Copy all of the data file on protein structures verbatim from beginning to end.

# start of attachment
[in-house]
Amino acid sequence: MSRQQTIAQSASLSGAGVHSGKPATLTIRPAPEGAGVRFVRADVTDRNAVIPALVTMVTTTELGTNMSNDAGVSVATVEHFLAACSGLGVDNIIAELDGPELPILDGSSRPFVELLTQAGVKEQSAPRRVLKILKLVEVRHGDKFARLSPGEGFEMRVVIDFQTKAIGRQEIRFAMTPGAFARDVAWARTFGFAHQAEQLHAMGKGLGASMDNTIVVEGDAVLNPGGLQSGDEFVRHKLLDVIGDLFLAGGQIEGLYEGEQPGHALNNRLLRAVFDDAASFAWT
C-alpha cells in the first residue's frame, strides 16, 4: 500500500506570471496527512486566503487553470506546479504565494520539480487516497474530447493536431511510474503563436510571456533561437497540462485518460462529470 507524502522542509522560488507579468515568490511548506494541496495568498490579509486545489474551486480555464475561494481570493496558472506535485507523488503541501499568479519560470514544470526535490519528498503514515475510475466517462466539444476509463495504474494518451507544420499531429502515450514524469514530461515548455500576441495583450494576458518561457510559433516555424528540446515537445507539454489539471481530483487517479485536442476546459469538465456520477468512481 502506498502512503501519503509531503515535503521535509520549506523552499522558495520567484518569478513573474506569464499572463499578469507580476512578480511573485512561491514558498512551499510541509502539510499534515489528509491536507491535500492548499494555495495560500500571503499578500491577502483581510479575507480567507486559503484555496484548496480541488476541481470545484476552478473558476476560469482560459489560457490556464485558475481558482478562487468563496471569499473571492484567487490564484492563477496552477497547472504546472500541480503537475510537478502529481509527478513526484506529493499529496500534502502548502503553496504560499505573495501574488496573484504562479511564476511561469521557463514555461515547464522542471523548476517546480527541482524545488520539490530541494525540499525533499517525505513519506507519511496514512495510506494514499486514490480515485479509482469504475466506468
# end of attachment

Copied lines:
[in-house]
Amino acid sequence: MSRQQTIAQSASLSGAGVHSGKPATLTIRPAPEGAGVRFVRADVTDRNAVIPALVTMVTTTELGTNMSNDAGVSVATVEHFLAACSGLGVDNIIAELDGPELPILDGSSRPFVELLTQAGVKEQSAPRRVLKILKLVEVRHGDKFARLSPGEGFEMRVVIDFQTKAIGRQEIRFAMTPGAFARDVAWARTFGFAHQAEQLHAMGKGLGASMDNTIVVEGDAVLNPGGLQSGDEFVRHKLLDVIGDLFLAGGQIEGLYEGEQPGHALNNRLLRAVFDDAASFAWT
C-alpha cells in the first residue's frame, strides 16, 4: 500500500506570471496527512486566503487553470506546479504565494520539480487516497474530447493536431511510474503563436510571456533561437497540462485518460462529470 507524502522542509522560488507579468515568490511548506494541496495568498490579509486545489474551486480555464475561494481570493496558472506535485507523488503541501499568479519560470514544470526535490519528498503514515475510475466517462466539444476509463495504474494518451507544420499531429502515450514524469514530461515548455500576441495583450494576458518561457510559433516555424528540446515537445507539454489539471481530483487517479485536442476546459469538465456520477468512481 502506498502512503501519503509531503515535503521535509520549506523552499522558495520567484518569478513573474506569464499572463499578469507580476512578480511573485512561491514558498512551499510541509502539510499534515489528509491536507491535500492548499494555495495560500500571503499578500491577502483581510479575507480567507486559503484555496484548496480541488476541481470545484476552478473558476476560469482560459489560457490556464485558475481558482478562487468563496471569499473571492484567487490564484492563477496552477497547472504546472500541480503537475510537478502529481509527478513526484506529493499529496500534502502548502503553496504560499505573495501574488496573484504562479511564476511561469521557463514555461515547464522542471523548476517546480527541482524545488520539490530541494525540499525533499517525505513519506507519511496514512495510506494514499486514490480515485479509482469504475466506468